Ford – yes, that Ford – establishes mobile services company

Dearborn, Mich.-based Ford Motor Co. announced today that it would be spinning off its mobile services division into a separate but wholly-owned subsidiary, Ford Smart Mobility LLC.

The new company, which according to a March 10 press release will be “designed to compete like a startup,” will be led by Jim Hackett, former CEO of office furniture maker Steelcase, who resigned from Ford’s board of directors to serve as chair of the new subsidiary, and include offices in both Dearborn and Palo Alto, Calif.

Its founding team, which company spokesperson Mike Moran said is still being selected by Hackett, will collaborate both with Ford’s existing product development, research, advanced engineering, marketing, and data analytics staff, and with startups and other tech companies on mobile services and ventures that are “commercially promising,” according to the release.

When asked if the new company would have a separate brand identity, or had plans to enter the Canadian market, Moran replied that it was too early to tell.

Egil Juliussen, an automotive industry analyst with Minnesota-based IHS Automotive Technology, said that Ford’s announcement was consistent with statements the company’s executive chair, Bill Ford, has made in recent years.

“In presentations, both he and the current CEO, Mark Fields, have had the vision that they need to be in both the auto industry making cars, and also in the transportation services industry,” Juliussen said. “Putting [mobile transportation services] essentially into a separate subsidiary where they can focus on it tells you that they’re more serious about it, that they’re going to invest in it, and that they’re going look at different ways to use it.”

Indeed, last year at CES Fields announced the formation of what his company called a “Smart Mobility Plan” – a series of experiments aimed at revolutionizing the transportation industry, including GoPark, a predictive parking system in London capable of directing drivers to streets where they are most likely to find a space; GoDrive, a car sharing program, also in London, that provides vehicles with guaranteed parking at busy locations; and Dynamic Shuttle, a Dearborn-based program that allows Ford employees and visitors to request point-to-point rides on demand.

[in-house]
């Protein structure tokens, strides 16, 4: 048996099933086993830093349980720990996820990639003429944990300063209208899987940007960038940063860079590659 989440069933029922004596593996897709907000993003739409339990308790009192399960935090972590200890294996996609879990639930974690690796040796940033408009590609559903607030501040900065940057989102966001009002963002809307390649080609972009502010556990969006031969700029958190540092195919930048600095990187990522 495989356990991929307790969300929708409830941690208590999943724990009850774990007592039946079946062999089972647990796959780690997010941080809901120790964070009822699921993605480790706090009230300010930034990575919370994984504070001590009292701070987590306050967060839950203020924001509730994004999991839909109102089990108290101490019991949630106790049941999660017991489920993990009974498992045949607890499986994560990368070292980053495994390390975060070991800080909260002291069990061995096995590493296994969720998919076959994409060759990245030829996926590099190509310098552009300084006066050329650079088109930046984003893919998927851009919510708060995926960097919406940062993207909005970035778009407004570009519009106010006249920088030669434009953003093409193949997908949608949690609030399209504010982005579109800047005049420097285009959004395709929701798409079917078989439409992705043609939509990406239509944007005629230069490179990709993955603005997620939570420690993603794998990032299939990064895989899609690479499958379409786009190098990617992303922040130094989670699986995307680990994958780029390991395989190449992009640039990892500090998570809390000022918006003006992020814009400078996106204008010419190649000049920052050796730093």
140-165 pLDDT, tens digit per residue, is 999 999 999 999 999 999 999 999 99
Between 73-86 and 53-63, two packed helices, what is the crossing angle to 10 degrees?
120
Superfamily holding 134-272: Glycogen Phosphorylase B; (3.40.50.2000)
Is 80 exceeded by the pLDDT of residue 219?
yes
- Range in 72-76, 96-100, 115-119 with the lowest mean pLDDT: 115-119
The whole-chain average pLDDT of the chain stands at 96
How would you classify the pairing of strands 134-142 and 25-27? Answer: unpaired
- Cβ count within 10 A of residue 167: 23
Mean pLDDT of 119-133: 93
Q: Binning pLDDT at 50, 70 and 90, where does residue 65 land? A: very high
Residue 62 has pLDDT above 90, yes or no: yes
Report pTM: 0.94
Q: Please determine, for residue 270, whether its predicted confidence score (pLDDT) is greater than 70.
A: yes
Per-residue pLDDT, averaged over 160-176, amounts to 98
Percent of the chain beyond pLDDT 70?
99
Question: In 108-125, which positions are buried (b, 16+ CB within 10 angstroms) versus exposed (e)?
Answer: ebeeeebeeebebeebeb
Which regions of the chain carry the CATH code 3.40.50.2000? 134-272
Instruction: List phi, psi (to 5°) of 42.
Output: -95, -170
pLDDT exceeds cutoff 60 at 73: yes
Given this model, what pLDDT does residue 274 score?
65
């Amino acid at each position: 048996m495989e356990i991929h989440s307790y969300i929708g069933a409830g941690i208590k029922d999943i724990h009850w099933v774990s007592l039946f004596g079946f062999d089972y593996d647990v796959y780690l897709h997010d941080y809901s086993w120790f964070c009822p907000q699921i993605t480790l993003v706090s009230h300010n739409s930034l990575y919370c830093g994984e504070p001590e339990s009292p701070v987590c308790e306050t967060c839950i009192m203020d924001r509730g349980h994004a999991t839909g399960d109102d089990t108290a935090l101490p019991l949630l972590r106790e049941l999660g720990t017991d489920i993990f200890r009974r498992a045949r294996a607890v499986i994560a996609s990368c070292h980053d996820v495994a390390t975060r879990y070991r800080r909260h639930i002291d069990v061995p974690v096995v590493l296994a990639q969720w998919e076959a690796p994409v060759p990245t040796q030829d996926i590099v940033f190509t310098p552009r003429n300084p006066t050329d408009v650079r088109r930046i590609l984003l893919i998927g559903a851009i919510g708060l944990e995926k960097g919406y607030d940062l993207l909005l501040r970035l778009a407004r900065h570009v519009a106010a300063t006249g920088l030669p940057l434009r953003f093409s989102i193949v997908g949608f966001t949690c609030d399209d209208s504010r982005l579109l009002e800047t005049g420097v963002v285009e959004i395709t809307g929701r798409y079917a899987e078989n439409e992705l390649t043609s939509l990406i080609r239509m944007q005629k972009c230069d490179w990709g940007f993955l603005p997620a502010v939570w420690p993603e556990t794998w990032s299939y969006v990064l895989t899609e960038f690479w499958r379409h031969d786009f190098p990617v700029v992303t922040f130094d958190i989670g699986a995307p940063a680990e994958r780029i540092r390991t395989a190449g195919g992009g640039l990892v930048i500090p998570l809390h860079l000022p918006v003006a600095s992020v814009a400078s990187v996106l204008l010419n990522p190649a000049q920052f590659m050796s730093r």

Nor is the company a stranger to new technology: Ford currently owns the industry’s most popular entertainment and communications system, Ford Sync, and claims to have the largest test fleet of autonomous vehicles of any automaker.

In a statement regarding Ford Smart Mobility, Ford CEO Fields called the mobile transportation services market, which is currently worth $5.4 trillion in annual revenue, a “significant” growth opportunity, adding that the new subsidiary will allow Ford to compete in both an auto manufacturer and mobile services industries.

The new company will also be funding data science and analytics research: for example, Ford researchers recently collaborated with IBM on a pilot platform that allowed them to analyze tiny snippets of data – just 10 or 15 seconds at a time – for patterns, correlations, and trends, and to write code to make the company’s Dynamic Shuttle experiment more efficient.

“If you look at a long-term perspective – 10 years down the line, when we’re going to have lots of driverless cars, then mobility is really going to be an important and growing technology,” Juliussen said. “So Ford is positioning itself to be a leader in that. I would say… it’s a positive move for Ford.”

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Eric Emin Wood
Eric Emin Wood
Former editor of turned consultant with public relations firm Porter Novelli. When not writing for the tech industry enjoys photography, movies, travelling, the Oxford comma, and will talk your ear off about animation if you give him an opening.

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